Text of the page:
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Key Republican legislator questions $1 billion border security request


After the Texas Department of Public Safety’s request for $1 billion over two years to expand the state’s unprecedented border security campaign, the legislator who authored the centerpiece of the current border-funding package is now questioning whether state taxpayers should continue to pay for what has traditionally been a federal responsibility.

“We’re heading into a budget where we don’t have billions of dollars in surplus,” said Dennis Bonnen, an Angleton Republican who heads the Texas House Ways and Means Committee, at a Tuesday hearing of a separate committee that focuses on border security. “I’m not sure that the taxpayers of Texas, who are also taxpayers to the federal government, have untold tax dollars to support a role of the federal government.”

Bonnen said he was increasingly frustrated that federal agencies haven’t adequately secured the border.

The U.S. Customs and Border Patrol’s annual budget exceeds $13 billion, and total federal spending on border security and immigration efforts is more than $18 billion.

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“I’ll be candid: I’m starting to lose patience,” Bonnen said. “If the federal government and Border Patrol made this a real priority, they could resolve this problem.”

Bonnen’s comments come as state lawmakers brace for the legislative session that begins in January, when they will have to grapple with decreasing revenue caused by low oil and gas prices, increasing demands on scandal-plagued programs for vulnerable children and, as always, calls for tax cuts.

Gov. Greg Abbott, Lt. Gov. Dan Patrick and House Speaker Joe Straus, R-San Antonio, have instructed most state agencies to prepare for 4 percent budget cuts, but they exempted several spending areas, including border security.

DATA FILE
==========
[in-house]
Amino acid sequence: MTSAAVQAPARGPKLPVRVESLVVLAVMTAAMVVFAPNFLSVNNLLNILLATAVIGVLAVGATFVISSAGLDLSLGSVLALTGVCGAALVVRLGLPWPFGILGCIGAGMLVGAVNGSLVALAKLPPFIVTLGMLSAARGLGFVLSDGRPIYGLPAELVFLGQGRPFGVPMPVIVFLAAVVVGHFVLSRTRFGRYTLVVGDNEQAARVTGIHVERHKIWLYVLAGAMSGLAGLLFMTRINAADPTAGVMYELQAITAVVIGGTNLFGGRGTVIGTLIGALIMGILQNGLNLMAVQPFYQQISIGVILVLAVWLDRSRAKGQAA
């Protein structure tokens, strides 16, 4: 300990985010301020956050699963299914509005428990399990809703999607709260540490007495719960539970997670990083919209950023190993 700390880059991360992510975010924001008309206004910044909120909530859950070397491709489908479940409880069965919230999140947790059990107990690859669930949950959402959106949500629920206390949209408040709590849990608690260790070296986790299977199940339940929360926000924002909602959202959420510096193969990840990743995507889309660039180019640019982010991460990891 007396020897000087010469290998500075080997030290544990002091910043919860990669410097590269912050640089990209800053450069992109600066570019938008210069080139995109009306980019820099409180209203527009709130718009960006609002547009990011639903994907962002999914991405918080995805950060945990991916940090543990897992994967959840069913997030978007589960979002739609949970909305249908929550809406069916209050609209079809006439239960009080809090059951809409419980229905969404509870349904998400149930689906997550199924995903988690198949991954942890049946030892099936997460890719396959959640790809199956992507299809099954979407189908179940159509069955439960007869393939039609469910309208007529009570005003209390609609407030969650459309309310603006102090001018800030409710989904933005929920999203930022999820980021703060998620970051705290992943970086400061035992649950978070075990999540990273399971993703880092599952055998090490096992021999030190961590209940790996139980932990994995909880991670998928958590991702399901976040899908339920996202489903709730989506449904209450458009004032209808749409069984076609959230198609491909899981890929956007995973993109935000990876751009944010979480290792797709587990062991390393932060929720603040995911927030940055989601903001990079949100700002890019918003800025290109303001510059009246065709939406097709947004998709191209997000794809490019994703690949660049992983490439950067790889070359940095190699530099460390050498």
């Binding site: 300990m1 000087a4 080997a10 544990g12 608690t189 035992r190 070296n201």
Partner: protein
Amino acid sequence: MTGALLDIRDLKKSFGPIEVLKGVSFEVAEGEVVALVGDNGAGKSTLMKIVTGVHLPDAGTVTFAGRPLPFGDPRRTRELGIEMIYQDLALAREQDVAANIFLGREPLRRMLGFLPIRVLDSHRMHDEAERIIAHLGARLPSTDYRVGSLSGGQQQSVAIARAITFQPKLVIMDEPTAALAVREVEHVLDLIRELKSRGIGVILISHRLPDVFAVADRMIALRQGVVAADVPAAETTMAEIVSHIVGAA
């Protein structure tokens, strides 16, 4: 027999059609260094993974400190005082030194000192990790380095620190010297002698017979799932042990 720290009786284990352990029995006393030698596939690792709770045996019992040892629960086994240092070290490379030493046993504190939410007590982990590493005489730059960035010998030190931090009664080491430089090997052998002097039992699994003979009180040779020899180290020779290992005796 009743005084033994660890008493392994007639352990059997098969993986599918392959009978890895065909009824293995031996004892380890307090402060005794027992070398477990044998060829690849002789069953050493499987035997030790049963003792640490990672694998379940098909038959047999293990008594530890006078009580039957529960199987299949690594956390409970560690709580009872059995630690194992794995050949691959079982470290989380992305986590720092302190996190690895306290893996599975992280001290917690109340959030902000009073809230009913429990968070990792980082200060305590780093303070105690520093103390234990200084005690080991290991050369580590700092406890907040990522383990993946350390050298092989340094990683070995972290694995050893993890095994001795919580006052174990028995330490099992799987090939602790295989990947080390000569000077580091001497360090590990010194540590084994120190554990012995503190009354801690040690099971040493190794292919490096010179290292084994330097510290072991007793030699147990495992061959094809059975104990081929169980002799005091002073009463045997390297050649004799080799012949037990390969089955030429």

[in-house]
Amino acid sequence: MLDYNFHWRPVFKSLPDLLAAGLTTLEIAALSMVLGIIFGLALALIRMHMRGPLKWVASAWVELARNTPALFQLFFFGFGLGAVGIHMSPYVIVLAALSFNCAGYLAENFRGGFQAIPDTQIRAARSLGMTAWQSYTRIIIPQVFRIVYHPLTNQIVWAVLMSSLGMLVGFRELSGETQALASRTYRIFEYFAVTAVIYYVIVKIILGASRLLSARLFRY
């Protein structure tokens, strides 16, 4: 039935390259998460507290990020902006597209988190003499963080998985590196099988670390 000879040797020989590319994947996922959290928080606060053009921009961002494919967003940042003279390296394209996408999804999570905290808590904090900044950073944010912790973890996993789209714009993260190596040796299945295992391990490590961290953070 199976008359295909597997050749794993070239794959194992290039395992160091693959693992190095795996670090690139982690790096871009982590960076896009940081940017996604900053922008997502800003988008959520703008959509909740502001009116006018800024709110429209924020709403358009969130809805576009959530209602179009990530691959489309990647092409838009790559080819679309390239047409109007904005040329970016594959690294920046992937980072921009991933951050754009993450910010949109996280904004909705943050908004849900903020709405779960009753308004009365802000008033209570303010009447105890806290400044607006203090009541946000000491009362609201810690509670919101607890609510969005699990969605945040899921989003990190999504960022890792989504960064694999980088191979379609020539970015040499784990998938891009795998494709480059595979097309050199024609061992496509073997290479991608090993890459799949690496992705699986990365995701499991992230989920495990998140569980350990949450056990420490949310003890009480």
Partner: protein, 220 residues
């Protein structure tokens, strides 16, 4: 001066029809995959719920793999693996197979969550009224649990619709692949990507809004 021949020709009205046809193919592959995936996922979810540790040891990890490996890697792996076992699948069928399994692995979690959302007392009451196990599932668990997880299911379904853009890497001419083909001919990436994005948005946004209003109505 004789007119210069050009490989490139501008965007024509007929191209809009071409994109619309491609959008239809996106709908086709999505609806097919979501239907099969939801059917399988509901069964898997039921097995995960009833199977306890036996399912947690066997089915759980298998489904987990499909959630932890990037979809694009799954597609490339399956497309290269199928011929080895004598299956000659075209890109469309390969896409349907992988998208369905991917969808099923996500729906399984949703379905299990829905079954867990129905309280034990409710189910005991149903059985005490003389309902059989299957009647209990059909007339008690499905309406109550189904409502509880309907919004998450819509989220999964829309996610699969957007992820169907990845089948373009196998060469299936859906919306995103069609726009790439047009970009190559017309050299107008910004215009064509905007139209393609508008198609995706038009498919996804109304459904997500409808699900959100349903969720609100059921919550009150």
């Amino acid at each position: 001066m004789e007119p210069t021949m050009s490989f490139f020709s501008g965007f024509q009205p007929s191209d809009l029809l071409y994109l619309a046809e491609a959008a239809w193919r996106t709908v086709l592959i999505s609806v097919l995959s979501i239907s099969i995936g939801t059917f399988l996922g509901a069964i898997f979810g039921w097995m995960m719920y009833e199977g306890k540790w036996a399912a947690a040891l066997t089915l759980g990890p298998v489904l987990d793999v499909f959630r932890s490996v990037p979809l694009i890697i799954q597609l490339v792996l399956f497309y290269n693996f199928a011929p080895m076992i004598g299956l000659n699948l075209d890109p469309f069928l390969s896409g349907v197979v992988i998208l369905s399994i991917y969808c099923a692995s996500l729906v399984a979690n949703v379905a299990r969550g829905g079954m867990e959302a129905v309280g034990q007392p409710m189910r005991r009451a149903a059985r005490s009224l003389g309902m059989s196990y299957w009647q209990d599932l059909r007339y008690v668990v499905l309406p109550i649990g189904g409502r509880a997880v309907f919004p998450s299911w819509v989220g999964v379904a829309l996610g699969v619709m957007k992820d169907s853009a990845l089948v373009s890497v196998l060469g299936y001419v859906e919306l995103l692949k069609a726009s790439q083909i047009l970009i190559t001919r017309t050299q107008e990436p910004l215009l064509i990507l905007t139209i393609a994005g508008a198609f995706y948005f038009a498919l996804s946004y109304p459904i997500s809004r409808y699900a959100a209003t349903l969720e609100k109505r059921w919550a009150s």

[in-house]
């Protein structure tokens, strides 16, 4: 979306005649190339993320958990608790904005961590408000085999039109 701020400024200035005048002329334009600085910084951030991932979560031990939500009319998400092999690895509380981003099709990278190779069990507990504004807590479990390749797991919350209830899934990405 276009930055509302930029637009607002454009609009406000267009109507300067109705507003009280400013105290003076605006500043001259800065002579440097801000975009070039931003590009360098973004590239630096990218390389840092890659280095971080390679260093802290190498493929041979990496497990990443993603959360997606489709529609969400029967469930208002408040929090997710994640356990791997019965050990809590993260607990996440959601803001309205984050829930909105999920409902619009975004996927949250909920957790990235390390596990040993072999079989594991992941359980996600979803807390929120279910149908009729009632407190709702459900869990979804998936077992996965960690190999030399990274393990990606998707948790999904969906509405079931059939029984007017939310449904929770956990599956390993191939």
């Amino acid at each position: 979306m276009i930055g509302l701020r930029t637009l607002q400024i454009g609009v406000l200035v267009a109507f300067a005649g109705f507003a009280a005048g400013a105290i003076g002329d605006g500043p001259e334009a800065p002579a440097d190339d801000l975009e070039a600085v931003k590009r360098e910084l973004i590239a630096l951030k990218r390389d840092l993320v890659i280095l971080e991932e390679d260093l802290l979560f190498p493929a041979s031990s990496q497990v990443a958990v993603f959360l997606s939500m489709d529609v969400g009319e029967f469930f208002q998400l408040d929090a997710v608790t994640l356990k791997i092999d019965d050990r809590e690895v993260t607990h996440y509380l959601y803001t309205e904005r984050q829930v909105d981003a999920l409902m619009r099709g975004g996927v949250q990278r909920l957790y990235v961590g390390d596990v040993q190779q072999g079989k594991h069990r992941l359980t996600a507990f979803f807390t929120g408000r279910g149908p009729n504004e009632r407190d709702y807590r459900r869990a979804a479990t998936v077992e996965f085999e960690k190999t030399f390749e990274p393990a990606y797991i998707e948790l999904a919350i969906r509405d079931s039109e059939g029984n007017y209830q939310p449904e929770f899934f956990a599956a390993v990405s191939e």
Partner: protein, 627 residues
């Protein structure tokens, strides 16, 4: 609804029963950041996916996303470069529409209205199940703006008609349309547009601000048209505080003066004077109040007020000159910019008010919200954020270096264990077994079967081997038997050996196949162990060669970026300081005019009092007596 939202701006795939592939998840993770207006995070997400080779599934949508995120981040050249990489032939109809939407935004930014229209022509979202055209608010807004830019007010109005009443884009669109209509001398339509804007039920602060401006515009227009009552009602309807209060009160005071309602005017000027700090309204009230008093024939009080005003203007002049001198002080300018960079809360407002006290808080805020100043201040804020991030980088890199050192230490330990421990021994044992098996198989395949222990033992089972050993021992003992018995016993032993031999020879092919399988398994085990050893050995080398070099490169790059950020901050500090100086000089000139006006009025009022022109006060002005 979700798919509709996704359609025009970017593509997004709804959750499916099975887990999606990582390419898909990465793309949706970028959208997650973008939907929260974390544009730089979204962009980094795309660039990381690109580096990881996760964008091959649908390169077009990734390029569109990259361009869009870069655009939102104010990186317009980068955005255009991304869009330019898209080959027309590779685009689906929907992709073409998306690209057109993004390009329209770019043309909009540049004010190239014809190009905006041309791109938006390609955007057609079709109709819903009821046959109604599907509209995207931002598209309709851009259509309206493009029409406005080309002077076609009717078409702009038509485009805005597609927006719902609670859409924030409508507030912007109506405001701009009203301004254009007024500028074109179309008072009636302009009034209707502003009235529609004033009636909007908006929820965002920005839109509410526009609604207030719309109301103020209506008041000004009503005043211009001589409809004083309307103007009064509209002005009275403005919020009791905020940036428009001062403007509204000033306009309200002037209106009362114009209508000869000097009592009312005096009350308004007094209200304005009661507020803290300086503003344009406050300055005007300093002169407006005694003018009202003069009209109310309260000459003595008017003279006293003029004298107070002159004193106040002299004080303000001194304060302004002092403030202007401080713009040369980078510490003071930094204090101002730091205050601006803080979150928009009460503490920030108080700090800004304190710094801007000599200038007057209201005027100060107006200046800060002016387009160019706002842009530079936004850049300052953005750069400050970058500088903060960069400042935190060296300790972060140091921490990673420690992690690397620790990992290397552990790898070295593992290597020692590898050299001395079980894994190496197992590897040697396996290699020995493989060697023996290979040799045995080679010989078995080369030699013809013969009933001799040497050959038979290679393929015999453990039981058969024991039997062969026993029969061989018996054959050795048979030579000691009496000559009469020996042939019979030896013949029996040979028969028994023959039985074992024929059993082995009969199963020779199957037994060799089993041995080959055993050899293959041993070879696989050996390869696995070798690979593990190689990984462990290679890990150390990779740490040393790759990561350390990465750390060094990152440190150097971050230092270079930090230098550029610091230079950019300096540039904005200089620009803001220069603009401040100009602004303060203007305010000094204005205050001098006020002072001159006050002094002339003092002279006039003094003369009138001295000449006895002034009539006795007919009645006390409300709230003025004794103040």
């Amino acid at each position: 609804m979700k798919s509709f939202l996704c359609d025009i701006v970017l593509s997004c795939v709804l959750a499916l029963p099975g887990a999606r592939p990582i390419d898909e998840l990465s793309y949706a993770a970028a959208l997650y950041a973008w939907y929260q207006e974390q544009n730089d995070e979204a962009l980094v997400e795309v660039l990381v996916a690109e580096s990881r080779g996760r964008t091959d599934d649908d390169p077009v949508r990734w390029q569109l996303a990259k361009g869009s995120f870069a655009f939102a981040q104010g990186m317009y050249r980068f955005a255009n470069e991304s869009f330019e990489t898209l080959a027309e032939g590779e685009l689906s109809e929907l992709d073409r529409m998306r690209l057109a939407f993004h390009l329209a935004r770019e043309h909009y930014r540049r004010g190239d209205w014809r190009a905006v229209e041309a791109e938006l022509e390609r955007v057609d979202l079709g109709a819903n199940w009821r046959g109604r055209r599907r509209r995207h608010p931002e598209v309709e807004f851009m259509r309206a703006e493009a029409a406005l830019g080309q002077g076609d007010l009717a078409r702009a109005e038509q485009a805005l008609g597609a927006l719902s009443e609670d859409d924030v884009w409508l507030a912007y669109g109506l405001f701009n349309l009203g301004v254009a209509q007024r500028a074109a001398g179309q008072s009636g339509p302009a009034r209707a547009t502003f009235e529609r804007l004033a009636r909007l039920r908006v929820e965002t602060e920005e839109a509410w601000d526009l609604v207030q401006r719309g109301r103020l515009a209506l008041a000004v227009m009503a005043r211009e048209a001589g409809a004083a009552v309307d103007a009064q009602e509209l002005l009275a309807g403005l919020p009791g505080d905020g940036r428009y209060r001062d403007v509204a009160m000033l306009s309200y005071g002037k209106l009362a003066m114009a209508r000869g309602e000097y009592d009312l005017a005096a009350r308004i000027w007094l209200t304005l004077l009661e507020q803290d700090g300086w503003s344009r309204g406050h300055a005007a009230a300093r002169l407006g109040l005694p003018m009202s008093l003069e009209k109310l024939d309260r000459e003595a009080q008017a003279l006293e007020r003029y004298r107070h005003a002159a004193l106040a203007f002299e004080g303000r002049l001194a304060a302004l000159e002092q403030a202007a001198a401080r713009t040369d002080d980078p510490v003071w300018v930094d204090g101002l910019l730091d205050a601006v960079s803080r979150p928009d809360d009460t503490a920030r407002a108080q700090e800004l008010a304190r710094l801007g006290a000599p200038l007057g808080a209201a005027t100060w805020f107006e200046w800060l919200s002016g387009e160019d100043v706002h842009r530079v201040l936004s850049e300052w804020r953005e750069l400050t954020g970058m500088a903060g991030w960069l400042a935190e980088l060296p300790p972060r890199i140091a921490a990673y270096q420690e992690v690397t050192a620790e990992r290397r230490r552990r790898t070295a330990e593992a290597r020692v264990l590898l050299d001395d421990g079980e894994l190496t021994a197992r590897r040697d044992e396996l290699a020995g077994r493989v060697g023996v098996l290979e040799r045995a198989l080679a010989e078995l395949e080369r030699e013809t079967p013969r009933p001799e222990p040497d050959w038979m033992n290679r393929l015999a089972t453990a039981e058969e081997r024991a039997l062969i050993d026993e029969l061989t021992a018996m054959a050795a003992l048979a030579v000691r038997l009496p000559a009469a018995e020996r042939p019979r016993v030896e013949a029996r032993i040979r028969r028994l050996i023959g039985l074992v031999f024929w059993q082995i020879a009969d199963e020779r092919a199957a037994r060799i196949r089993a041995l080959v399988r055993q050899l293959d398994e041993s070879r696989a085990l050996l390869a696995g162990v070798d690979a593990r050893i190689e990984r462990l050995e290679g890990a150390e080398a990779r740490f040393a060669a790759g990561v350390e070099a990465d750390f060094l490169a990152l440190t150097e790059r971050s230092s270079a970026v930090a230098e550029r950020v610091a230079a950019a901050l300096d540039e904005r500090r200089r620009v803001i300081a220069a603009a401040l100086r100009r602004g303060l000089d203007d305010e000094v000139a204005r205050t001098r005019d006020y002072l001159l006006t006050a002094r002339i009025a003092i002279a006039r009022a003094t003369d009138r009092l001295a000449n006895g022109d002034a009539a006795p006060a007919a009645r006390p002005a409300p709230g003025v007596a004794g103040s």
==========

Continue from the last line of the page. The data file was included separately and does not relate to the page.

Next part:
‘Needed’ spending

The state’s border security program began in 2014, when then-Gov. Rick Perry responded to a surge in immigrants from Central America, many of whom were women and children, by declaring an emergency and sending Texas National Guard troops to the border.

The Legislature in 2015 approved $800 million over two years for border security and shifted the focal point of the campaign from the National Guard to the DPS, which is set to hire 250 new officers by the end of the year. Bonnen on Tuesday noted that “$800 million was a record, and it’s $800 million more than any other state has ever spent” on border security.

DPS Director Steve McCraw said the $1 billion funding request for the 2018-19 budget is necessary despite competing demands for state resources.

“We wouldn’t ask for it if it wasn’t needed … especially at a time when the state treasury is not going to be large,” McCraw told reporters. “There are many needs, but at the same point in time, if asked what the Department of Public Safety needs to be able to augment or continue or sustain (the border security program), we’re going to be candid.”

Detentions rising

Driven by poverty and gang violence in El Salvador, Guatemala and Honduras, unauthorized immigrants from Central America are again sneaking across the U.S.-Mexico border, with detentions back up to 2014 levels. Many of the unauthorized immigrants are families who turn themselves in to U.S. law enforcement in the hopes of being granted asylum.

The Border Patrol’s budget is larger than it ever has been under President Barack Obama, with more than 20,000 federal Border Patrol agents, more than 85 percent of whom are stationed along the Mexican border. Their ranks rose dramatically under former President George W. Bush from fewer than 10,000 in 2001 to over just over 20,000 in 2009. Under Obama, staffing levels peaked in 2011 at more than 21,000 and have since settled at around 2009 levels.

State Sen. Brian Birdwell, R-Granbury, who co-chairs the border committee with Bonnen, said the state is receiving a benefit for its investment, but he also expressed concern about having Texas taxpayers foot the bill for border security activities.

“Our federal government has consistently failed in their duty to secure our southern border, leaving the safety of Texans solely in the hands of state and local law enforcement — but Texas does not operate on unlimited income, nor can we deficit spend like Washington,” Birdwell said in a statement. “My challenge is to carefully weigh the funding requests from DPS, the border security resources already in place, and, most importantly, the public safety needs of our citizens.”


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